Effective for taxable years beginning after December 31, 2017, the Centralized Partnership Audit Regime (CAR) enhances the IRS’s ability to audit partnerships and collect tax.
Enacted as part of the Bipartisan Budget Act of 2015 (BBA), the CAR applies to all entities required to file Form 1065, US Return of Partnership Income. Entities that file this return must make critical decisions regarding the following actions:
- Considering amendments to partnership agreements
- Electing out of the CAR
- Electing to push out or pull in adjustments
- Appointing a partnership representative
Prior to the BBA, partnership audits were generally conducted following the Tax Equity and Fiscal Responsibility Act of 1982 (TEFRA). Under a TEFRA audit, administrative procedures were made at the partnership level. Any corresponding tax collections were then assessed at the partner level with the IRS making any necessary adjustments to partner returns.
Under the CAR, the IRS may now collect tax, including penalties, at the partnership level. The new rules contain the following provisions:
- Partnerships must annually designate a partnership representative that has broad powers to bind the partners and partnership for any proceeding with the IRS under the new rules.
- Entities required to file a partnership return are subject to the CAR, although certain partnerships may have the ability to elect out.
- Partnerships ineligible to otherwise elect out may push out the audit adjustments to their partners through a statement similar to an amended Schedule K-1.
- Partnerships required to pay an underpayment may also elect to use the pull-in election, which allows some or all reviewed-year partners to pay the tax due under an amended tax-return filing procedure without filing amended returns.
The CAR replaces the role of tax matters partner with the partnership representative. The partnership representative has broad powers, including the sole authority to bind all partners with respect to any proceeding with the IRS under the CAR.
As a practical matter, a partnership agreement may limit the power of the partnership representative, however, the CAR states that a partnership agreement ultimately can’t restrict a partnership representative’s power before the IRS.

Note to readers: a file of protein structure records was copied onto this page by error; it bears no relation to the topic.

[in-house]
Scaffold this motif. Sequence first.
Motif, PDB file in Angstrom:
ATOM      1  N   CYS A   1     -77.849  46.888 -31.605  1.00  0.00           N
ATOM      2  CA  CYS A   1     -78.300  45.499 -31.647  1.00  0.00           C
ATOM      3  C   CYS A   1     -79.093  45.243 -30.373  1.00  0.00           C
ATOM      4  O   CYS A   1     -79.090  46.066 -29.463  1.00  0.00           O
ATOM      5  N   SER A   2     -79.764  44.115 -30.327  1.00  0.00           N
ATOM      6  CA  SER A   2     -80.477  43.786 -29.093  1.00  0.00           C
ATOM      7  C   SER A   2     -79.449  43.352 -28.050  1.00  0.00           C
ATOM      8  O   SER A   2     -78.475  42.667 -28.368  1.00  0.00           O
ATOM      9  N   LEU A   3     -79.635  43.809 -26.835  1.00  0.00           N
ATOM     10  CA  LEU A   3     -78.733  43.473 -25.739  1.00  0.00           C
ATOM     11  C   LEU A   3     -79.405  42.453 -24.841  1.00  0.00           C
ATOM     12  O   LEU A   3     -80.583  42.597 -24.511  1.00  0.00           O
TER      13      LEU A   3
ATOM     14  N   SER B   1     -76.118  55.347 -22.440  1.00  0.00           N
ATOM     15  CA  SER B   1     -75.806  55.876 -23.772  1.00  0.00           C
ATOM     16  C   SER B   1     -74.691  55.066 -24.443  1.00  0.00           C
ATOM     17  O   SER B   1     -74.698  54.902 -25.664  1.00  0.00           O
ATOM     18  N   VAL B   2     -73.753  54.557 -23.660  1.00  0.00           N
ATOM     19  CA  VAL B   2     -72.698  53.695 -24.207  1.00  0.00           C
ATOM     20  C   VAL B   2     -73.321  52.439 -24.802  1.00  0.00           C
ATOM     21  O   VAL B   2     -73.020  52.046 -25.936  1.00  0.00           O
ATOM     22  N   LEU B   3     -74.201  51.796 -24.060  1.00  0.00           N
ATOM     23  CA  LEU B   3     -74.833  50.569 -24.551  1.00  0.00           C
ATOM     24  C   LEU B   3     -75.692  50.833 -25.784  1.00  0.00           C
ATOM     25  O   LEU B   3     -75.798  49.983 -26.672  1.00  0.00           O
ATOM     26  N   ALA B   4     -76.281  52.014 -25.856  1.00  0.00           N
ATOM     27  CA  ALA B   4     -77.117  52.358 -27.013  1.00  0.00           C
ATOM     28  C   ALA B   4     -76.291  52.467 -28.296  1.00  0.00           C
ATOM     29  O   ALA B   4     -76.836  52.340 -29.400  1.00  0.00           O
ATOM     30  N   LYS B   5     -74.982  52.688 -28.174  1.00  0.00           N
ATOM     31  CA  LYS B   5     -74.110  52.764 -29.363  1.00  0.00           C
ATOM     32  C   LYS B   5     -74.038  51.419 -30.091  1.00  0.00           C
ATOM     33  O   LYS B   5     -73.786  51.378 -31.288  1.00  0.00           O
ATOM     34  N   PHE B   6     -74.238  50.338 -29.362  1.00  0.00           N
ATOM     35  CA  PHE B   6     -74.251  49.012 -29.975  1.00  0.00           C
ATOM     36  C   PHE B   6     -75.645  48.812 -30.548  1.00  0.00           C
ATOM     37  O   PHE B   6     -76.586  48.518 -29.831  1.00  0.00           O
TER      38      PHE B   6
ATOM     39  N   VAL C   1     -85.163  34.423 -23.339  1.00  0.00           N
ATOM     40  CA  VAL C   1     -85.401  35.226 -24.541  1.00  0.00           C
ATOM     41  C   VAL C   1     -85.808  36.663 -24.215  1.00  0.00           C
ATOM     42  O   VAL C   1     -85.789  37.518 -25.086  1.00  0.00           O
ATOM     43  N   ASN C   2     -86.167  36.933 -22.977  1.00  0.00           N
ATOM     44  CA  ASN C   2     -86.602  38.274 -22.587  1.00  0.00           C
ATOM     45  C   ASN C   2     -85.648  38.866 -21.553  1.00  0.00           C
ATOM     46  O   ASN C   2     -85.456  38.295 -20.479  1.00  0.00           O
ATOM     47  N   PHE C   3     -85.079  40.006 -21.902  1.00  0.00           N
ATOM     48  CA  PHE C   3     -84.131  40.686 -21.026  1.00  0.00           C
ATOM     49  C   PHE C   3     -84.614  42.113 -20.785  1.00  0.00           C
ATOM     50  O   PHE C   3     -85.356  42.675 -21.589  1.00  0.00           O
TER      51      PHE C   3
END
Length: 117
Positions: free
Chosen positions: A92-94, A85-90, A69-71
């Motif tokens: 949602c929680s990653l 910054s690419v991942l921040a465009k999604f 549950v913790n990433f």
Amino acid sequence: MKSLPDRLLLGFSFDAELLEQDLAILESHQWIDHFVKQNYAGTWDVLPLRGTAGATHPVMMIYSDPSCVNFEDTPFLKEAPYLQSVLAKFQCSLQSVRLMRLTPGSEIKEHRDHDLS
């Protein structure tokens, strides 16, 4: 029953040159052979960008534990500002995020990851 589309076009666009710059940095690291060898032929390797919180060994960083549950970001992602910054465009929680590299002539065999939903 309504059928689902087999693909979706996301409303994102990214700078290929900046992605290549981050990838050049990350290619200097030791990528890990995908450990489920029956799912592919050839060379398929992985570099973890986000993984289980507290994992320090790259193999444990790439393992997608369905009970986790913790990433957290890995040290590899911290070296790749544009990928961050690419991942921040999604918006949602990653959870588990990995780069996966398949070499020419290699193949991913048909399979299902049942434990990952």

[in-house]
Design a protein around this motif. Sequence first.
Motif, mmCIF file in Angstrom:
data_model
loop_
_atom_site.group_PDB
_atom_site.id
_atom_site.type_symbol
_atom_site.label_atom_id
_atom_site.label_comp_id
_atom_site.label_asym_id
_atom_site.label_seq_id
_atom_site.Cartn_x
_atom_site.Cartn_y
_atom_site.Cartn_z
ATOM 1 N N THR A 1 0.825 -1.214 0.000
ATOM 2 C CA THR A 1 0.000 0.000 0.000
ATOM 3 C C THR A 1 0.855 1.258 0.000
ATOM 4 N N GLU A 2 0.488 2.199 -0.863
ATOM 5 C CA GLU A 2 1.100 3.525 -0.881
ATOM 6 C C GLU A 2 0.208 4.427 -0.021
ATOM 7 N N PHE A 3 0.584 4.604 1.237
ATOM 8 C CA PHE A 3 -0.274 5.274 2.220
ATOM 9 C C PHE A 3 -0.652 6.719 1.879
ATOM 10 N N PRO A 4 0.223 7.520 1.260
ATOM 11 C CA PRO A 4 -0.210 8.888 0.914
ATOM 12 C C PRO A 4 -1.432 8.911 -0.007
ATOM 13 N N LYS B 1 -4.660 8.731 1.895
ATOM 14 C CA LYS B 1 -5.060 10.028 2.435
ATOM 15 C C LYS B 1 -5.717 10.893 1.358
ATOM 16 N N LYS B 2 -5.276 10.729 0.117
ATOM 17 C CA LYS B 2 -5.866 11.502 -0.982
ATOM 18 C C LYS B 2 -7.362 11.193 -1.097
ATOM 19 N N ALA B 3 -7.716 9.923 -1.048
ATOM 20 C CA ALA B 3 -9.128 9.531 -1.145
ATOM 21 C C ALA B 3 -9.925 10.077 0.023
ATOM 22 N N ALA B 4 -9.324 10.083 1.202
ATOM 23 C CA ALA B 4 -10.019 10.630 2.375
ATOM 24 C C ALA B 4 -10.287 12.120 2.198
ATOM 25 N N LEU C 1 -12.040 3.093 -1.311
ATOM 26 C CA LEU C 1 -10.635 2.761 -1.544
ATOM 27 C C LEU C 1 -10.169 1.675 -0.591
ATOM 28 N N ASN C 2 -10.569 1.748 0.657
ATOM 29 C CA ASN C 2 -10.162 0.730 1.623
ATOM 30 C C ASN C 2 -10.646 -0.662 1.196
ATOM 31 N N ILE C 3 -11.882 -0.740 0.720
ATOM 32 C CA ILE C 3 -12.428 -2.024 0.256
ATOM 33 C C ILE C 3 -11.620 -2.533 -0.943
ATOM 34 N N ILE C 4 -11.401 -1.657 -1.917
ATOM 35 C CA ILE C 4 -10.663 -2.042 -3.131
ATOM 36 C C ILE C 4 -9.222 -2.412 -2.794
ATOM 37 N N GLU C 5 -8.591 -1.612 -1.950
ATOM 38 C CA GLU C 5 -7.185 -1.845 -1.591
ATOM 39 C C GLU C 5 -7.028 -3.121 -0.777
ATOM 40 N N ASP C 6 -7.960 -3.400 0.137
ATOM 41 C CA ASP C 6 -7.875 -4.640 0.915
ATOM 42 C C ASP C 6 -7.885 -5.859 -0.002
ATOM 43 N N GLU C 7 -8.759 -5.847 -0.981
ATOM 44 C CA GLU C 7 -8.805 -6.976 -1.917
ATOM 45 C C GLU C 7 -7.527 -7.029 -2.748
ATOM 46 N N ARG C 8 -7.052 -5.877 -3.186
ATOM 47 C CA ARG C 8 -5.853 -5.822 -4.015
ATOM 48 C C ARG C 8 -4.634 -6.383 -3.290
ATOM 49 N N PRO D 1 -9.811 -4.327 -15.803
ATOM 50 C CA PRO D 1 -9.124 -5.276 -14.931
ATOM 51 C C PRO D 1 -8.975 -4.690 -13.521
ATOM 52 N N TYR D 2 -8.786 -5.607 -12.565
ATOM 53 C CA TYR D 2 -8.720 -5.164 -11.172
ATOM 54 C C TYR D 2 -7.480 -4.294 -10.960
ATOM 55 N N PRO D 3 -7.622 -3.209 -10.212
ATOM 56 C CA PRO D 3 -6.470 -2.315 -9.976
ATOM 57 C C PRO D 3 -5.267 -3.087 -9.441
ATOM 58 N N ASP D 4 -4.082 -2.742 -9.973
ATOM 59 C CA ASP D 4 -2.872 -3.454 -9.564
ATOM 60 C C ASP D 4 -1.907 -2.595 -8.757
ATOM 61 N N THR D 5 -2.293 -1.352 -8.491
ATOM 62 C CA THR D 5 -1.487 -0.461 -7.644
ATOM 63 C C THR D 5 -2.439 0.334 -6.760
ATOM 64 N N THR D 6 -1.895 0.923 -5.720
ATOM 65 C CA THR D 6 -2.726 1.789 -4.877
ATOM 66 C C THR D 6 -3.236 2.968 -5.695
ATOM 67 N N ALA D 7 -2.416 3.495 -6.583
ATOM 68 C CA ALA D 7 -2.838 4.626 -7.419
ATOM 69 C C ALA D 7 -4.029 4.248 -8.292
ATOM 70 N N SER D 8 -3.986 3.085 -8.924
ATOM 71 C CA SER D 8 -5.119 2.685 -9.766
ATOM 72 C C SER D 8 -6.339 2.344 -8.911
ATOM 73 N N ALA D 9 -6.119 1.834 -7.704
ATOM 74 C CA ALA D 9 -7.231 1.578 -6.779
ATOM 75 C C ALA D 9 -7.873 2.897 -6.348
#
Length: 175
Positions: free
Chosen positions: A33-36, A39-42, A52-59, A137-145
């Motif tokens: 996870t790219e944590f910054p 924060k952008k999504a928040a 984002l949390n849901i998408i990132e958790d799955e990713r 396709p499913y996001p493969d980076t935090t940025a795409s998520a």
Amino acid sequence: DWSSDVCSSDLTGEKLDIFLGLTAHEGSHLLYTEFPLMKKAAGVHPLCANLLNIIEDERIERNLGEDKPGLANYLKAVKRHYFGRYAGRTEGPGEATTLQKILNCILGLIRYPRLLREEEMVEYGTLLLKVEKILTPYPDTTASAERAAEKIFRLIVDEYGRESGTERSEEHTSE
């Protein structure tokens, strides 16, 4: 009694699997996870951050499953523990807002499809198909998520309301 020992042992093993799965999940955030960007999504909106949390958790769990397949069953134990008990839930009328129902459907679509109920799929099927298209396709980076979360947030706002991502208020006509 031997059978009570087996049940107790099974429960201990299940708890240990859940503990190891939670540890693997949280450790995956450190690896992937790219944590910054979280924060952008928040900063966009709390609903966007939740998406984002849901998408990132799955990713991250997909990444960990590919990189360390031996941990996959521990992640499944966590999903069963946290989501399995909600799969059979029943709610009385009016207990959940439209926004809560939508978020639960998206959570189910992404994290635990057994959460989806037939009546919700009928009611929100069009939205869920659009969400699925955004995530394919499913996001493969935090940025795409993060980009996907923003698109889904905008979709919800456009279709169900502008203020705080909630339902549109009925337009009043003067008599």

A partnership representative can be an entity or an individual. If an entity is chosen, the partnership needs to select a designated individual to conduct the partnership representative’s responsibilities.
A partnership representative must have a substantial US presence, which includes the following:
- Availability to meet with the IRS in the United States
- US street address
- US phone number
- US tax-identification number
Once designated, the partnership-representative role is effective for that tax year, unless it’s formally revoked by notification to the IRS. It’s also worth noting the role may expose the partnership representative to personal liability.
All entities filing a partnership return are subject to the new audit regime, however, certain eligible partnerships can elect out. An eligible partnership must have 100 or fewer partners, with each required Schedule K-1 counting toward that threshold.
The ability to elect out is available only if all partners are eligible partners:
- C corporations
- Real estate investment trusts
- Eligible foreign entities treated as corporations
- S corporations, which must count each shareholder when determining the number of partners
- Estates of any deceased partners
A partnership with ineligible partners can’t elect out of the CAR. These include the following:
- Disregarded entities, such as single-member LLCs
- Foreign entities that aren’t otherwise eligible
- Estates (other than any deceased partners)
The opt-out election must be made on each timely filed annual tax return, and all partners must be notified within 30 days of making the opt-out election. Electing out of the CAR must be carefully considered before being pursued.
We’re Here to Help
There are many issues for your partnership to navigate now that the new audit rules are in effect, such as:
- Considerations around updating your partnership agreement to reflect new audit rules, partnership-representative roles and responsibilities, possible election provisions, partnership taxes, and exiting partners
- Understanding of the annual opt-out election and the consequences of electing out even if your partnership is eligible
- Timely filing of any elections under the new rules
If you have further questions or would like to learn more about how the changing audit regime will affect you or your partnership, contact your Moss Adams professional.